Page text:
Albanese hold first national cabinent, and all the news you need to know this morning.
This week, former rugby player David Pocock made history as the first independent to be elected to the ACT senate. But he never planned on becoming a politician (and that's exactly why we need him).
You can read my interview with the newly elected senator right here.
But first, let's get you across the biggest news stories you need to know today, Friday June 17.
1. Health to dominate first national cabinet as care crisis continues.
Health funding will be top of the agenda when Prime Minister Anthony Albanese meets with state and territory leaders for the first national cabinet under the Labor government today.
Before the meeting, state premiers advocated for the commonwealth to restore its share of the funding to an equal partnership.
Health funding was evenly split between the states and federal government under prime minister Kevin Rudd but his successor Tony Abbott cut the federal share to 40 per cent. Malcolm Turnbull increased the contribution to 45 per cent.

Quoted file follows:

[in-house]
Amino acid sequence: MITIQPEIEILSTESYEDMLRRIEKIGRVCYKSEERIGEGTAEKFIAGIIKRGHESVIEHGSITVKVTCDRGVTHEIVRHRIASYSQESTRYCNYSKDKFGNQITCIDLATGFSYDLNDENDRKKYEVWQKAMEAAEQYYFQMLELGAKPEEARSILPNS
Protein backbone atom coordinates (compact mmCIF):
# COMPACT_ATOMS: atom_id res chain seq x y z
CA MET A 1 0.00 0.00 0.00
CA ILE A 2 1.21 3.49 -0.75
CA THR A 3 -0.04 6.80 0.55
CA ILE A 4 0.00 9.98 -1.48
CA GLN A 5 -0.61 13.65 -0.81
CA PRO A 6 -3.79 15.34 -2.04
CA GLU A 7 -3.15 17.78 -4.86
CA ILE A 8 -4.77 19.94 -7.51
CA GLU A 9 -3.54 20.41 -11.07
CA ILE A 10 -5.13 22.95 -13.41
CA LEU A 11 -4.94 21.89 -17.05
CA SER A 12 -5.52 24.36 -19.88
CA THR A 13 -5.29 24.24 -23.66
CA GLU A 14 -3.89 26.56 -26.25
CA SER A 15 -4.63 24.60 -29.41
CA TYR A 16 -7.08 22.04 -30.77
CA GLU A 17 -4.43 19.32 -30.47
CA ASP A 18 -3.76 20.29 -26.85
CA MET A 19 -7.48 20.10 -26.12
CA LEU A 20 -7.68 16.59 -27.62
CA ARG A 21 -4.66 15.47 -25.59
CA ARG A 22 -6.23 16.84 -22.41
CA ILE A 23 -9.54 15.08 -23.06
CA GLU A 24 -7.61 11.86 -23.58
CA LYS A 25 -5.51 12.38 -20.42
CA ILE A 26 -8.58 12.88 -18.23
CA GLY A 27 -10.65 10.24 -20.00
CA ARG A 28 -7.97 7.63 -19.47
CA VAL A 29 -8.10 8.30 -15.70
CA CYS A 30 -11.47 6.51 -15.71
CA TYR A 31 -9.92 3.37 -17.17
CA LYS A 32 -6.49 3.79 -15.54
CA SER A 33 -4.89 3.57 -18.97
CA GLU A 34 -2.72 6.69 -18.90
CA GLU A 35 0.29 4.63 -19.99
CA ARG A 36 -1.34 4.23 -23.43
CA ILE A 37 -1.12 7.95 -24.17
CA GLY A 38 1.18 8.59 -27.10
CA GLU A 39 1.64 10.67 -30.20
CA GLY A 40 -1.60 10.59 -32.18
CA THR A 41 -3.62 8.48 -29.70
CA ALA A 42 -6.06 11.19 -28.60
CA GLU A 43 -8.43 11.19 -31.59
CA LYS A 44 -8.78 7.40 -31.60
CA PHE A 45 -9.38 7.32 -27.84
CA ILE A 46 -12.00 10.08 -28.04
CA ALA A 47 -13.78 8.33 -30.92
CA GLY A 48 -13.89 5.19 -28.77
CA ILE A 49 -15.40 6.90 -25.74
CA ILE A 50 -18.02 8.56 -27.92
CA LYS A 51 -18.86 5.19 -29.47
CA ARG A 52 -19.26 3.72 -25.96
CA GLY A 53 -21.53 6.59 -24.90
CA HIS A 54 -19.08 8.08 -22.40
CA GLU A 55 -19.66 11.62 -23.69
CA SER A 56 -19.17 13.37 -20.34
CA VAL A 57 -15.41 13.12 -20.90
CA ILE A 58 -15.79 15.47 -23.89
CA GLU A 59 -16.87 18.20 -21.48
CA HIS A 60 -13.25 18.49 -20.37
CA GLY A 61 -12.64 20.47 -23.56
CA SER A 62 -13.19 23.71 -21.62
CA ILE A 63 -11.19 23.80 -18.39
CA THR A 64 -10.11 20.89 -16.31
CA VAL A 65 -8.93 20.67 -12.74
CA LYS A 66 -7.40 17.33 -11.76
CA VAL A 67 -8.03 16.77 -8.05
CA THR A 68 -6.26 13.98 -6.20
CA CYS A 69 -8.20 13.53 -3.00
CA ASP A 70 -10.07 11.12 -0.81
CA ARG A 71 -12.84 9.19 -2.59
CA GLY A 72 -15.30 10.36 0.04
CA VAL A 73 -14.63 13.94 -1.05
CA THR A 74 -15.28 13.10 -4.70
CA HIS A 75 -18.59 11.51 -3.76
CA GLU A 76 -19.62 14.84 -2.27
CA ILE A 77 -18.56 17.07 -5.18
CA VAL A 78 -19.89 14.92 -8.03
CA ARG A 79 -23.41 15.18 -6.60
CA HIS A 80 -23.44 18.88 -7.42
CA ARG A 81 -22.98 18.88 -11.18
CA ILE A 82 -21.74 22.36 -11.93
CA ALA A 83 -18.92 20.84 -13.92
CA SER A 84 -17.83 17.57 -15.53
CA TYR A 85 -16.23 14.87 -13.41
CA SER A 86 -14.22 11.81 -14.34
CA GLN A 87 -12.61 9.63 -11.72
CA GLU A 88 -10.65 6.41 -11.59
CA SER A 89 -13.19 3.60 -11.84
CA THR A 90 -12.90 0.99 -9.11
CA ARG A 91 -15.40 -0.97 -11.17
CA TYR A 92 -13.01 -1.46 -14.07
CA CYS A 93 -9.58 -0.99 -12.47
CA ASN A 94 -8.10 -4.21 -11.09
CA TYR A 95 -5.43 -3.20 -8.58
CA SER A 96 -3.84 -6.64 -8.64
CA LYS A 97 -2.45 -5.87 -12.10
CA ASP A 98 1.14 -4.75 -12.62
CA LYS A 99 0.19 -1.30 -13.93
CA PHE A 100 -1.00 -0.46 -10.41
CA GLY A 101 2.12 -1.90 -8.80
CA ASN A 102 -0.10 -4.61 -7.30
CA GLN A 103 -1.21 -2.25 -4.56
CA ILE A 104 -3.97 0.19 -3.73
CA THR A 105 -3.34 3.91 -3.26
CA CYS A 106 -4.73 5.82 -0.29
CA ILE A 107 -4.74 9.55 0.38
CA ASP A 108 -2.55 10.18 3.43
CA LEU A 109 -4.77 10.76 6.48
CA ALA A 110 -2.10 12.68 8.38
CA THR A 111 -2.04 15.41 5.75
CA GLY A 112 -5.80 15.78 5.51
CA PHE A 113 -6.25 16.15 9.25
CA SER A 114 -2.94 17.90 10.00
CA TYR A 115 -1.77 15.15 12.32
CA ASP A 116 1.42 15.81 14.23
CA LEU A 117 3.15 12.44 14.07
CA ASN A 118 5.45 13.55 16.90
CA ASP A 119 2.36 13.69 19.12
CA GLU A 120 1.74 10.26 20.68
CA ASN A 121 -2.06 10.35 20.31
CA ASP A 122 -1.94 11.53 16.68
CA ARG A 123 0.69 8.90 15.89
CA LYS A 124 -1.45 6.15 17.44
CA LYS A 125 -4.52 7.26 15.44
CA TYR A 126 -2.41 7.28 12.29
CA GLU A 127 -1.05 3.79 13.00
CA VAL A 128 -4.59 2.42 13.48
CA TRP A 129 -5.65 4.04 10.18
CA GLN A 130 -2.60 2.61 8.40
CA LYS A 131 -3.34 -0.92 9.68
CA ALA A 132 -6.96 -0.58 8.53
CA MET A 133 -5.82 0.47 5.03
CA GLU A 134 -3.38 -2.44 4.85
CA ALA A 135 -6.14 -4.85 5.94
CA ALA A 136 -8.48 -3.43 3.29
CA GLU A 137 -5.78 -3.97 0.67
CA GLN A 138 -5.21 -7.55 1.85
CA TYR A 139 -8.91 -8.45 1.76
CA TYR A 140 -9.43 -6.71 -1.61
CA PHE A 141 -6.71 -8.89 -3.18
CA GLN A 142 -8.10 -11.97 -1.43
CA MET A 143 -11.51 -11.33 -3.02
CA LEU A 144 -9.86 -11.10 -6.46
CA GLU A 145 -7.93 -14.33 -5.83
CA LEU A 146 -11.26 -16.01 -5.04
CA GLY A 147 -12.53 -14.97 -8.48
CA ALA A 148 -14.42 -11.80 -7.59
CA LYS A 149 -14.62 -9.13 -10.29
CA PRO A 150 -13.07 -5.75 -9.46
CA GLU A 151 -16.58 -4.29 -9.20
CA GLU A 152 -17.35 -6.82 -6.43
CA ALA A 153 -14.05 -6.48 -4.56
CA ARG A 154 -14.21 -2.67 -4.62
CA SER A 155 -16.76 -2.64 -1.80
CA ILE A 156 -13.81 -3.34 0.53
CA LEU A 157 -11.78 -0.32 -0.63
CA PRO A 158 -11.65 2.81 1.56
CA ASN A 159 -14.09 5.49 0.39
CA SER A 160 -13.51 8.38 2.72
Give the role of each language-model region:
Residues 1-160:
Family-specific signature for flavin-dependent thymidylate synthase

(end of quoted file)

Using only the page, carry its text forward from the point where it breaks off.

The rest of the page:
In the wake of COVD, the health crisis is still ongoing, with the Paramedics Union sharing this video of Sydney ambulances backed up waiting:
Just another night at St George hospital in the middle of a healthcare crisis. pic.twitter.com/DrbQySsMKV— APA NSW (@APANSWOFFICIAL) June 16, 2022
This was Wyong the day before:
Ambulances queued for hours yesterday at Wyong. Every car is a patient waiting for hospital care, and a Paramedic crew left unavailable to respond to emergencies in their community.— APA NSW (@APANSWOFFICIAL) June 16, 2022
This is why we need real commitments on improving healthcare, that go beyond a catchy headline... pic.twitter.com/mCWK107pCo
South Australian Premier Peter Malinauskas said he wouldn't be a "lone voice" in calling for extra funding from the federal government.
"I don't think there is a state government or a territory government in the nation that isn't having to endure scrutiny over the performance of the hospitals, particularly the ambulance service and also ambulance ramping at emergency departments," he told Sky News yesterday,
Our government will be one that brings the country together. Tonight I'm meeting with state premiers and chief ministers ahead of National Cabinet tomorrow. Working together, we will build a better future for all Australians. pic.twitter.com/ENPdsootlW— Anthony Albanese (@AlboMP) June 16, 2022
Albanese said he had inherited $1 trillion in debt from the Morrison government and was "not in a position" to implement "everything we would like to do immediately".